In 2019, we coined the hashtag #PictureBooksCanChangeTheWorld to highlight that books of all types are powerful tools for learning and transformation.
Books can open up vast new worlds for children to learn about themselves through reading about the lives of others.
In this panel discussion, participants will examine the power of books as “mirrors, windows, and sliding glass doors”. Participants will explore how to select books that celebrate and uplift children’s identities, learn how to identify harmful stereotypes in books and how to engage children in conversations about race and human rights.
This session will take place in a webinar format and is intended for parents and guardians of racialized students. Questions and issues the panel will address will be specific to an audience of parents and guardians. While this webinar is for parents and guardians, it is open to social workers, community organizations, educators and administrators, and anyone interested in learning about the power of the written word.
This webinar will be delivered via Zoom videoconferencing. Attendees will be emailed the link to the Zoom meeting several hours before the start of the webinar in order to maintain a secure online space. This email will be sent to the address you registered with when you purchased your ticket through Eventbrite. If you have accessibility needs, please contact us directly.
Register here: https://bit.ly/P4Dword
Let's meet the panelists!
Passionate about literacy, equitable access to books, and inclusive stories for children, Sueann is an occasional blogger, reader, Mom, creator of Scars and Crowns, and Indigo Kids Book Advisor. Understanding that authentic storytelling can change the way we see and understand the world, she originally started writing to raise awareness following her son’s diagnosis with craniosynostosis, to share her motherhood journey, and to connect with other parents.
A reader at a young age, Sueann developed a love for books as a child. When she became a mom, she hoped to pass the love of the written word to her child, especially in the age of technology. However, she observed that not much had changed in children’s books since she was younger – books with racially diverse characters were few and far between or contained negative stereotypes. With a background in Criminology and Psychology, Sueann understood how easily stereotypes can be created, and the detrimental impacts that they can have on individuals and communities. Her further studies in International Studies exposed her to various countries and cultures around the world that she rarely saw reflected in children’s books, particularly in a positive light. It was with this knowledge that she decided to start #WeeReadsWednesdays, with the goal of encouraging parents and educators to raise readers and to diversify children's libraries and bookshelves so that they are more representative of the world around them.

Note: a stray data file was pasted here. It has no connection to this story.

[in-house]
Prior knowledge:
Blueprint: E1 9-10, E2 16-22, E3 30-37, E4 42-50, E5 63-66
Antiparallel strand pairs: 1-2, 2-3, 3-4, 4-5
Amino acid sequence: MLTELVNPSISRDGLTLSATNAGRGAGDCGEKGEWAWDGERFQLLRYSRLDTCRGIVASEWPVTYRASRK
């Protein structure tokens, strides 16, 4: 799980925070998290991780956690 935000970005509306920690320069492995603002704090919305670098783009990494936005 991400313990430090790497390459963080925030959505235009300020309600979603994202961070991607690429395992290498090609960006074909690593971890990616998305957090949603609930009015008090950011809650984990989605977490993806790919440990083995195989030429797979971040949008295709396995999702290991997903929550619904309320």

Rabia is an elementary teacher with the Toronto District School Board and an equity consultant. Currently, she is a Grade 2 and 3 ESL Resource teacher. Rabia is passionate about ensuring schools are inclusive spaces where all students with their intersectional identities are reflected, represented, included and seen through an asset based lens. She is interested in issues of representation in children’s literature and firmly believes that books are powerful tools that can help us become critically conscious members of our local and broader communities. Rabia enjoys sharing her teaching and learning on her social media platforms and you can follow along on her journey at @Rabia_Khokhar1 and
David A. Robertson
David is the author of numerous books for young readers including When We Were Alone, which won the 2017 Governor General's Literary Award, the McNally Robinson Best Book for Young People Award, and was a finalist for the TD Canadian Children's Literature Award.
The Barren Grounds, the first book in the middle-grade series The Misewa Saga, received a starred review from Kirkus, was a Kirkus and Quill & Quire best middle-grade book of 2020, was a USBBY and Texas Lone Star selection, was shortlisted for the Ontario Library Association’s Silver Birch Award, is a finalist for the Diamond Willow Award, and is a finalist for the 2020 Governor General’s Literary Award.
His memoir, Back Water: Family, Legacy, and Blood Memory, was a Globe and Mail and Quill & Quire book of the year in 2020, and won the Alexander Kennedy Isbister Award for Non-Fiction as well as the Carol Shields Winnipeg Book Award at the 2020 Manitoba Book Awards. His second picture book, On The Trapline, illustrated by Julie Flett, has received starred reviews from Kirkus Reviews and Publisher’s Weekly. Dave is also the writer and host of the podcast Kíwew, winner of the 2021 RTDNA Praire Region Award for Best Podcast. He is a member of Norway House Cree Nation and currently lives in Winnipeg.